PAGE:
Suri Ratnapala is a senior law lecturer at the University of Queensland and, while reading some of his writings recently, I was greatly interested by his observations on how nationalism, masquerading as republicanism, was used in his native Sri Lanka to undermine its genuinely republican government. According to him, taking the classic definition of republic as government for the public good, Australia is, or would be if its Constitution were properly interpreted, already a republic. The distinction, as he sees it, between republican government and other forms of government is that the former has built in checks and balances to prevent governments from putting their own self-interest above the common good. So under that definition of republic, notwithstanding our remaining constitutional links with Britain, the Australian Commonwealth ought to be synonymous with a republic. The key words are "ought to be", because Suri Ratnapala goes on to argue that some of the classic republican foundations of our Constitution are already being undermined.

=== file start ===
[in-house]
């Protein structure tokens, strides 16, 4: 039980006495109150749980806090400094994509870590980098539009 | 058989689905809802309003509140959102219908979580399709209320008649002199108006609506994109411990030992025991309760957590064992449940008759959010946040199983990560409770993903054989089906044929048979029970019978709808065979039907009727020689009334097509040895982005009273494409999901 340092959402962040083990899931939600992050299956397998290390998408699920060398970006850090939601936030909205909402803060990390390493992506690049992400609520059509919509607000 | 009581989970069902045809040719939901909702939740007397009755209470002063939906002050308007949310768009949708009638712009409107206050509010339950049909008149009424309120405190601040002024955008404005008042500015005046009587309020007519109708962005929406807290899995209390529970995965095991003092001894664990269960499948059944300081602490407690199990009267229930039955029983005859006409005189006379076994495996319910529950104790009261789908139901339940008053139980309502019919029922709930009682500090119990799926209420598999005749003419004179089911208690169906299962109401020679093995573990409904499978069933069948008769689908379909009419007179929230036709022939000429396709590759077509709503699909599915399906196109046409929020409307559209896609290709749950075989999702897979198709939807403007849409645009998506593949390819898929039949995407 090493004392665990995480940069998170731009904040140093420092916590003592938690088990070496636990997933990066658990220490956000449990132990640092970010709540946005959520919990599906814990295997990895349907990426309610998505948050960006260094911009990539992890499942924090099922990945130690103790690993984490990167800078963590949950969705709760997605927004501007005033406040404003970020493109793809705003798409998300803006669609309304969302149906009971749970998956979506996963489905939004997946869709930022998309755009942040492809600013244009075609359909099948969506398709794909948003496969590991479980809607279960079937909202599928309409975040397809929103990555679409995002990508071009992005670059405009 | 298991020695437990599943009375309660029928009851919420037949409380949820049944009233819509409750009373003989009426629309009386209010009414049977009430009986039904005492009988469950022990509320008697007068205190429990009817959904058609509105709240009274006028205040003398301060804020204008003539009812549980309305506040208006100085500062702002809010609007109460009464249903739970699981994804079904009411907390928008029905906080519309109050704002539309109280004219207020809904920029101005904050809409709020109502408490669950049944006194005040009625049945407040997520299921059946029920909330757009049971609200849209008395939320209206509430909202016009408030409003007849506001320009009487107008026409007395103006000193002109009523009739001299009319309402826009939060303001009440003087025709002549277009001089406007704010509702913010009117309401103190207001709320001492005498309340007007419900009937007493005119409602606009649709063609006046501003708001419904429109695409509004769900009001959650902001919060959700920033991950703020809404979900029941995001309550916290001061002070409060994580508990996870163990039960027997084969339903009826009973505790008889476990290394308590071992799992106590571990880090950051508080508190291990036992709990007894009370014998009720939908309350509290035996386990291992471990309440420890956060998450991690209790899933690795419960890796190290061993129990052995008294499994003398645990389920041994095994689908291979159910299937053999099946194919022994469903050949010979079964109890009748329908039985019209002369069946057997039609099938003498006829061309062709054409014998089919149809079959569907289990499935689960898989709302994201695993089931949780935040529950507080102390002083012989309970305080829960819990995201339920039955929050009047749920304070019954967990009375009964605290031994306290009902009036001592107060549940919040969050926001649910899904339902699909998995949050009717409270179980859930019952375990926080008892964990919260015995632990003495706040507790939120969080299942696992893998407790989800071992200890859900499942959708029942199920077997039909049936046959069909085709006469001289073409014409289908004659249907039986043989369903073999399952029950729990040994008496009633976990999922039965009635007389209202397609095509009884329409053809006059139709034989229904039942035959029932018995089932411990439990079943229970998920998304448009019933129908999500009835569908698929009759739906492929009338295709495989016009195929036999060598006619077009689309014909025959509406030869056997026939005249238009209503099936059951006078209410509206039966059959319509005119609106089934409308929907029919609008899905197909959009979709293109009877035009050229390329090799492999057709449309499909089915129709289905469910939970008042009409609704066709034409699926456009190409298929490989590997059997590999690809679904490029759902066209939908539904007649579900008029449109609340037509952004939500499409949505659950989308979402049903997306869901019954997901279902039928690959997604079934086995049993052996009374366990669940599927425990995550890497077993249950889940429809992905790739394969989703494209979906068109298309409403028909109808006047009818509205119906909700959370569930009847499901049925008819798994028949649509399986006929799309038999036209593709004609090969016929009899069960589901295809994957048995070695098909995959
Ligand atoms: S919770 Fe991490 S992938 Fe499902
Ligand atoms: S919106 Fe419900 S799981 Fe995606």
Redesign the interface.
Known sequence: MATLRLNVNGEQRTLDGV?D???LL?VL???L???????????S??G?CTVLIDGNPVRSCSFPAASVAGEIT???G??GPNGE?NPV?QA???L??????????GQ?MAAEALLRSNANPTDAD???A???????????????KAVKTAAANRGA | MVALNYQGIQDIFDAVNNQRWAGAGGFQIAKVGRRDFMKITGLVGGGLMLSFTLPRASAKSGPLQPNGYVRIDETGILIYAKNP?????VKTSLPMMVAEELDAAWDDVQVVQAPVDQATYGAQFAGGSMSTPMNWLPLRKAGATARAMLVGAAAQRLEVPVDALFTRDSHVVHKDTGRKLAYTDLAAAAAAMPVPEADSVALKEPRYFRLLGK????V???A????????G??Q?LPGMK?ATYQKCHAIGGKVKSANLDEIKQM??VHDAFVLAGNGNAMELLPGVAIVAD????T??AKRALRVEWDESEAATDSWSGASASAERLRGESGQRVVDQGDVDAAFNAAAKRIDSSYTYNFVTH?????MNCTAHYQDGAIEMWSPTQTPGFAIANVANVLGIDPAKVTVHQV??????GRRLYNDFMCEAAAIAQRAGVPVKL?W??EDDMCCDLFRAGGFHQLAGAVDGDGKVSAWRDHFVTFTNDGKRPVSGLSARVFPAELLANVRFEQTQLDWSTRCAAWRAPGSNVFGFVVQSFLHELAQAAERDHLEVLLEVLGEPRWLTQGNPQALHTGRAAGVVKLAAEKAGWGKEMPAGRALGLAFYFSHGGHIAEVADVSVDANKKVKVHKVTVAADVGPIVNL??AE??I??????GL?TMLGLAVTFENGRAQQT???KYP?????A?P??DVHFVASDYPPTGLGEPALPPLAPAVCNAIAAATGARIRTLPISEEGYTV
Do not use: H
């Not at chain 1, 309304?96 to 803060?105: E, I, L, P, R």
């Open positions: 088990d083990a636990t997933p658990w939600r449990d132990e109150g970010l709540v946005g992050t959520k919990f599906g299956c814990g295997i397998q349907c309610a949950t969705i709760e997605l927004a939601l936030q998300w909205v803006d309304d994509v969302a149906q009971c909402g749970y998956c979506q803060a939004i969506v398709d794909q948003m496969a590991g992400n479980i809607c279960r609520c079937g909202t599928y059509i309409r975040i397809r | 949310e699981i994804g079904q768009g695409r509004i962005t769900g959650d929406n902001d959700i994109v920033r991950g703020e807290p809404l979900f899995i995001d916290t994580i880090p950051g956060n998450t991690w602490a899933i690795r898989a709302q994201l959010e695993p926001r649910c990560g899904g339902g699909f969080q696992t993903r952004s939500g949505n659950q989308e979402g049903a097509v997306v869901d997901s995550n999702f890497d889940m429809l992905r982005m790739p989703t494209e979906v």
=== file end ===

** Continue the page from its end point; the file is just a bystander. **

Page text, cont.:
I am not referring to here, and I don't think we should dwell on it too much, all this business about monarchy and the British Parliament. For one thing, republicanism, in the sense of government for the common good, has always relied on the separation of legislative, executive and judicial powers, and it is this separation of powers which imposes checks and balances on the power of the elected representatives, and prevents them using power to pursue self-interest, or the interest of any special interest group, ahead of the public interest. As long as the executive, for instance, has no control over the legislative power, then it cannot legislate to suit its own whim.